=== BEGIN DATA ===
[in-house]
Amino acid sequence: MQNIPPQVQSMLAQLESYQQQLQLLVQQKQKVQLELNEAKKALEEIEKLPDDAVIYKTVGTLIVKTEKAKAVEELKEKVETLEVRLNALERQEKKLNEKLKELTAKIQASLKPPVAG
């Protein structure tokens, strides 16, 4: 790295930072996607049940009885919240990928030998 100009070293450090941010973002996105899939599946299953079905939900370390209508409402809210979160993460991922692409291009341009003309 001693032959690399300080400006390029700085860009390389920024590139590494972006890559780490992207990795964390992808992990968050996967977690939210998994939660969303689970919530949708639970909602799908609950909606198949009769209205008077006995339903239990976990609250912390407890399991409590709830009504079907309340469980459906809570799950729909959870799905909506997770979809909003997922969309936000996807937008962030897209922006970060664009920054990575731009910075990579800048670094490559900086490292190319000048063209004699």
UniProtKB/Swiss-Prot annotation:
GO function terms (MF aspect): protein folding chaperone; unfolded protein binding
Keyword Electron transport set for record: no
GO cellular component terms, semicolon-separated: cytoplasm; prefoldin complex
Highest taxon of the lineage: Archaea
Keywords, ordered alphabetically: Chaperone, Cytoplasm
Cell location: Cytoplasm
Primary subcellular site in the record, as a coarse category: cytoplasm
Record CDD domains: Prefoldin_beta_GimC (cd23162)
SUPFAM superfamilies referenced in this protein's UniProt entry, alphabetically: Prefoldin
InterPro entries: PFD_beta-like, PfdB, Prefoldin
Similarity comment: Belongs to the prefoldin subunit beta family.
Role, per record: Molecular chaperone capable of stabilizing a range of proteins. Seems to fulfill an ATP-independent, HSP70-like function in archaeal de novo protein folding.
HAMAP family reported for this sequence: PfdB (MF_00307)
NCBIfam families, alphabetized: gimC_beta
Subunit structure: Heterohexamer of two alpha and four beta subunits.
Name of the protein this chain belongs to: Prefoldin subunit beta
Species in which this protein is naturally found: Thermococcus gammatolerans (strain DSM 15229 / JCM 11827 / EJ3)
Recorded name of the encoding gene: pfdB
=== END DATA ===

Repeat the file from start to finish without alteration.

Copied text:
[in-house]
Amino acid sequence: MQNIPPQVQSMLAQLESYQQQLQLLVQQKQKVQLELNEAKKALEEIEKLPDDAVIYKTVGTLIVKTEKAKAVEELKEKVETLEVRLNALERQEKKLNEKLKELTAKIQASLKPPVAG
């Protein structure tokens, strides 16, 4: 790295930072996607049940009885919240990928030998 100009070293450090941010973002996105899939599946299953079905939900370390209508409402809210979160993460991922692409291009341009003309 001693032959690399300080400006390029700085860009390389920024590139590494972006890559780490992207990795964390992808992990968050996967977690939210998994939660969303689970919530949708639970909602799908609950909606198949009769209205008077006995339903239990976990609250912390407890399991409590709830009504079907309340469980459906809570799950729909959870799905909506997770979809909003997922969309936000996807937008962030897209922006970060664009920054990575731009910075990579800048670094490559900086490292190319000048063209004699």
UniProtKB/Swiss-Prot annotation:
GO function terms (MF aspect): protein folding chaperone; unfolded protein binding
Keyword Electron transport set for record: no
GO cellular component terms, semicolon-separated: cytoplasm; prefoldin complex
Highest taxon of the lineage: Archaea
Keywords, ordered alphabetically: Chaperone, Cytoplasm
Cell location: Cytoplasm
Primary subcellular site in the record, as a coarse category: cytoplasm
Record CDD domains: Prefoldin_beta_GimC (cd23162)
SUPFAM superfamilies referenced in this protein's UniProt entry, alphabetically: Prefoldin
InterPro entries: PFD_beta-like, PfdB, Prefoldin
Similarity comment: Belongs to the prefoldin subunit beta family.
Role, per record: Molecular chaperone capable of stabilizing a range of proteins. Seems to fulfill an ATP-independent, HSP70-like function in archaeal de novo protein folding.
HAMAP family reported for this sequence: PfdB (MF_00307)
NCBIfam families, alphabetized: gimC_beta
Subunit structure: Heterohexamer of two alpha and four beta subunits.
Name of the protein this chain belongs to: Prefoldin subunit beta
Species in which this protein is naturally found: Thermococcus gammatolerans (strain DSM 15229 / JCM 11827 / EJ3)
Recorded name of the encoding gene: pfdB